alexa Abstract | A Review of the Evidence Linking Zika Virus to the Developmental Abnormalities that Lead to Microcephaly in View of Recent Cases of Birth Defects in Africa

Journal of MPE Molecular Pathological Epidemiology
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Abstract

The World Health Organization (WHO) in May 2016 confirmed an outbreak of the Zika virus on the African island chain of Cape Verde, linking it to cases of the brain disease, microcephaly. This finding is of concern because Zika was first discovered in East Africa in 1947 with no known link to brain or birth disorders until the WHO reported findings. The question, therefore, is: if the Zika virus has been in Africa for 69 years, why wasn’t any association to microcephaly detected before the recent WHO findings in Brazil (see below) and Cape Verde? This study reviews the evidence linking Zika to microcephaly in view of recent cases of birth defects in Africa, with the aim of providing vital clues as to why there was no documented case of such birth defects in Africa, where the Zika virus originated. The literature for this review was gathered through internet searches, including the websites of the European Centre for Disease Prevention and Control (ECDC), the United States Centre for Disease Control and Prevention (CDC), the World Health Organization (WHO) and Public Health England (PHE). Materials from these sources were reviewed on the link between the Zika virus and microcephaly in relation to the recent cases of birth defects in Africa. Two possible explanations emerged from the review. The first explanation suggests that the phenomenon called herd immunity may have taken place in Africa. The Zika virus cannot infect the same person twice because it reaches a stage where there are too few people left to be infected for transmission to be sustained. The second explanation suggests that microcephaly linked to birth defects is caused by other conditions. In conclusion, the findings of this review opens up the debate on the connection between the Zika virus and the birth defect attributed to mosquito-borne microcephaly, given that there is no documented case of birth defect in Africa 69 years after the discovery of the Zika virus. Large-scale research is recommended on the Zika virus and pregnancy in Africa for better understanding of the ecology and epidemiology of the virus in the continent.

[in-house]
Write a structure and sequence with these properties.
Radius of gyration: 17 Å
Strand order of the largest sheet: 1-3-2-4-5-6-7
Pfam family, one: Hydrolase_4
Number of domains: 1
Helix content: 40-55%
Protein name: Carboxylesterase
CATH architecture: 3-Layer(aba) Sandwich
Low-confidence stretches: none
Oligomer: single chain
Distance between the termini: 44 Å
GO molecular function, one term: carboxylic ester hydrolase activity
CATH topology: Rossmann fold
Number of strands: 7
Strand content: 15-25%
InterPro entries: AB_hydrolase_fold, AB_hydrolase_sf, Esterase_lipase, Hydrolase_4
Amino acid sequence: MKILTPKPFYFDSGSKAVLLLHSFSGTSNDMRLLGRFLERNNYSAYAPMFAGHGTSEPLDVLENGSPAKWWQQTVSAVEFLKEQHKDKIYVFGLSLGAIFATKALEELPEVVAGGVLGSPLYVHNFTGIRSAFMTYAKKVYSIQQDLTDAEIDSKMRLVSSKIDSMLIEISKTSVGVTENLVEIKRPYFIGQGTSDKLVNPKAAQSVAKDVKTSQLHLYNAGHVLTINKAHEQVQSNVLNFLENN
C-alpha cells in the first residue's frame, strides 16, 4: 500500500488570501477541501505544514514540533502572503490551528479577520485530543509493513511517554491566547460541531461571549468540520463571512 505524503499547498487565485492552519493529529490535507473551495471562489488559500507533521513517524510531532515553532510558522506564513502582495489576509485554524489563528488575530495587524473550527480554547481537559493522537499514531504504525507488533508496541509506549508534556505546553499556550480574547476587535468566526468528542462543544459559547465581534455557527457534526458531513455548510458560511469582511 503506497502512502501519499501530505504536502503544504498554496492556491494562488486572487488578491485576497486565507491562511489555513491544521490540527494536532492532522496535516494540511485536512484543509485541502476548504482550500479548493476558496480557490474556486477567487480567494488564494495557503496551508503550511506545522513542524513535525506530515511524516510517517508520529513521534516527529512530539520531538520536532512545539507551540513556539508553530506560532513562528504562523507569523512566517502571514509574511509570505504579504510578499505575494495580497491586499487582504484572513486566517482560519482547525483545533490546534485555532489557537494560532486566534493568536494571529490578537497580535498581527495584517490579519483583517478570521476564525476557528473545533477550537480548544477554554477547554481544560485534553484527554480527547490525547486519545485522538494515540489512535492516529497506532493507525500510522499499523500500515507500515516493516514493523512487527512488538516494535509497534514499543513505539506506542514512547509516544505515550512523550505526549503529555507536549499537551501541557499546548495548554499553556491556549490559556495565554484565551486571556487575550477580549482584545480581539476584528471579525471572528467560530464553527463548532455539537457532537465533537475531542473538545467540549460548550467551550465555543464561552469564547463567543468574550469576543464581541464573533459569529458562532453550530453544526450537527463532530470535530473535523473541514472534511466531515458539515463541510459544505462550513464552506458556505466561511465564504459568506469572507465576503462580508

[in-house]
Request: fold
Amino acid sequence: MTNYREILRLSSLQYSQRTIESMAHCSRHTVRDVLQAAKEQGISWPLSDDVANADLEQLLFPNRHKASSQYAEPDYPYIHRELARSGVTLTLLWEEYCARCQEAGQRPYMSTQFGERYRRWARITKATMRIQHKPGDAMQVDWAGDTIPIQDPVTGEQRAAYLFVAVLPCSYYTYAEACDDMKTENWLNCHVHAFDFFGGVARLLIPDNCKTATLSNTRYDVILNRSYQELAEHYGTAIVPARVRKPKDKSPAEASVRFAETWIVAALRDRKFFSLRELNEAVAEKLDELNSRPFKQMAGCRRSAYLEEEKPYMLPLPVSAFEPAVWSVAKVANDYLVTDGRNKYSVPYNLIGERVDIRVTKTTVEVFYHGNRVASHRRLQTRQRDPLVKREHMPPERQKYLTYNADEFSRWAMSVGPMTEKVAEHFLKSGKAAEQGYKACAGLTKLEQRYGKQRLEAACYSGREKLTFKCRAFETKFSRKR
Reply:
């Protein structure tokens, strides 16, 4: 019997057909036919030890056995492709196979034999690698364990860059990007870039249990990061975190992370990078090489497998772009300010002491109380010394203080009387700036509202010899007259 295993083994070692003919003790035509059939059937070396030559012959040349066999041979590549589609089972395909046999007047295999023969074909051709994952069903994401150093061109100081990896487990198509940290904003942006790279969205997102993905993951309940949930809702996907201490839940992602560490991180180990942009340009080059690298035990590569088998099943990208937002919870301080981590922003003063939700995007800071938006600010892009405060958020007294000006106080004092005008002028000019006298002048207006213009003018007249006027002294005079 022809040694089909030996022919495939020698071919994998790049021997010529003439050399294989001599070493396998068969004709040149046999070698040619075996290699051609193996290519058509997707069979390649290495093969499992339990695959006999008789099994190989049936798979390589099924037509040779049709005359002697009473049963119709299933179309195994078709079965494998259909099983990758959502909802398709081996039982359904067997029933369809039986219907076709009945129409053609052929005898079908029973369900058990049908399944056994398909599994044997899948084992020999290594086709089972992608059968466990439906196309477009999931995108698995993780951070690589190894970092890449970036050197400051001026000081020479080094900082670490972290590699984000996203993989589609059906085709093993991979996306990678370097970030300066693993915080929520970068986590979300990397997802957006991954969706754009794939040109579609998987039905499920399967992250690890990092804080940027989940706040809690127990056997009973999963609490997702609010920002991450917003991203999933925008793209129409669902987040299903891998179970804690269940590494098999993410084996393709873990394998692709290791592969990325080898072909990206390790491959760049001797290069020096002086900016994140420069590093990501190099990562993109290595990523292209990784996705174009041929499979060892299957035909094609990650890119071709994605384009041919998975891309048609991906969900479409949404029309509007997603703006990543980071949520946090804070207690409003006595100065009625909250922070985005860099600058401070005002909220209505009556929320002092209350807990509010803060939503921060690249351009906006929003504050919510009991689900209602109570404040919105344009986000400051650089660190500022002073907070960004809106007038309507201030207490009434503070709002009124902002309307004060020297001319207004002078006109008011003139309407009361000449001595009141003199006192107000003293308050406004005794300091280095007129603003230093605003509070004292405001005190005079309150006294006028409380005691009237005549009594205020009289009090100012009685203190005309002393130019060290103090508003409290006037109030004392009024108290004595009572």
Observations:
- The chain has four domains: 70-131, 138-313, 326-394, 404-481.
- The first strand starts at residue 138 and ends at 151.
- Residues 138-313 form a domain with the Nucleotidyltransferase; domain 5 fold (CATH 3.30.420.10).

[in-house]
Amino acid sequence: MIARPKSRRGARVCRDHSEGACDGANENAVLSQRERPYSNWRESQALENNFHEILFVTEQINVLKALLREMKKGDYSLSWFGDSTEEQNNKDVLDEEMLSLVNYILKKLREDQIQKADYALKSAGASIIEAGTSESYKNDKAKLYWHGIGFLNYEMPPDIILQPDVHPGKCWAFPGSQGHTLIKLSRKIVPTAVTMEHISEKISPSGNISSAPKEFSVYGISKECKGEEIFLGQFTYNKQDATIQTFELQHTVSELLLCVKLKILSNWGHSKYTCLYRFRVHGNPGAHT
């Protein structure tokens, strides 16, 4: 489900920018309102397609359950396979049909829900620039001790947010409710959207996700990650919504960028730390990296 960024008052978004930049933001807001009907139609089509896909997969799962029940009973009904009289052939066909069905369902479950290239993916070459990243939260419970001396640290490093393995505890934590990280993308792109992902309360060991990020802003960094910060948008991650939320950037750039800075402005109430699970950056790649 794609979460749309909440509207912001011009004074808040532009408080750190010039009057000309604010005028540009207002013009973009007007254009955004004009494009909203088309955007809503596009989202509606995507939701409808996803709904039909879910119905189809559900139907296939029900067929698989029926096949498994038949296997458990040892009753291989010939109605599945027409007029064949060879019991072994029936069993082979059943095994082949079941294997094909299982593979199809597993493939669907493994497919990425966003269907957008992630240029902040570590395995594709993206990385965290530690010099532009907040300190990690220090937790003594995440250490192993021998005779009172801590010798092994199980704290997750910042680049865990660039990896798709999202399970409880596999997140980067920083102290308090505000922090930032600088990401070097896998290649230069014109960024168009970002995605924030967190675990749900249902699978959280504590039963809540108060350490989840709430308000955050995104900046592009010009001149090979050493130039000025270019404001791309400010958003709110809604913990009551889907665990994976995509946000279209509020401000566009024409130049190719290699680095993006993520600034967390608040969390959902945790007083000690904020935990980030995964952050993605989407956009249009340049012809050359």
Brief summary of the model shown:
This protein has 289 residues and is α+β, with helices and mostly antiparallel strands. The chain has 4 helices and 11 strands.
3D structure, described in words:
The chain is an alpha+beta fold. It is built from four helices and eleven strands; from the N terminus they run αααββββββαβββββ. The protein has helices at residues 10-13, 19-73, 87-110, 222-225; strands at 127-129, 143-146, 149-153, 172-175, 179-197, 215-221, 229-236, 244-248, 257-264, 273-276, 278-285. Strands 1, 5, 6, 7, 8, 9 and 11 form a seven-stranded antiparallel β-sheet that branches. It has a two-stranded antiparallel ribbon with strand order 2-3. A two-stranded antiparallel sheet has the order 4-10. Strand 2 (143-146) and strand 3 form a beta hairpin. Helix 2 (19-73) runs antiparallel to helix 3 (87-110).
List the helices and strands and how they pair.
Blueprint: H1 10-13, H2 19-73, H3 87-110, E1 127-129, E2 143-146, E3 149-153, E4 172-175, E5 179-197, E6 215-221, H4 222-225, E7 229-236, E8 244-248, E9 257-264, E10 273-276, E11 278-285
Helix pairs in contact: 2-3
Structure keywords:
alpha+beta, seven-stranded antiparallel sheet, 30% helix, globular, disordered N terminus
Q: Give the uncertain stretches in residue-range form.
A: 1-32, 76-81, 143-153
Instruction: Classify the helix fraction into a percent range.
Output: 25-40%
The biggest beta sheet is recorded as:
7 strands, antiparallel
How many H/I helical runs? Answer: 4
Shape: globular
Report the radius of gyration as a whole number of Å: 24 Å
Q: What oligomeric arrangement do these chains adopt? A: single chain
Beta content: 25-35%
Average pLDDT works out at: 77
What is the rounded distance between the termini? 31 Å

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Author(s): Vincent Icheku

Keywords

Aedes aegypti mosquito, Africa, Birth defect, Microcephaly, Pregnancy, Zika virus

 
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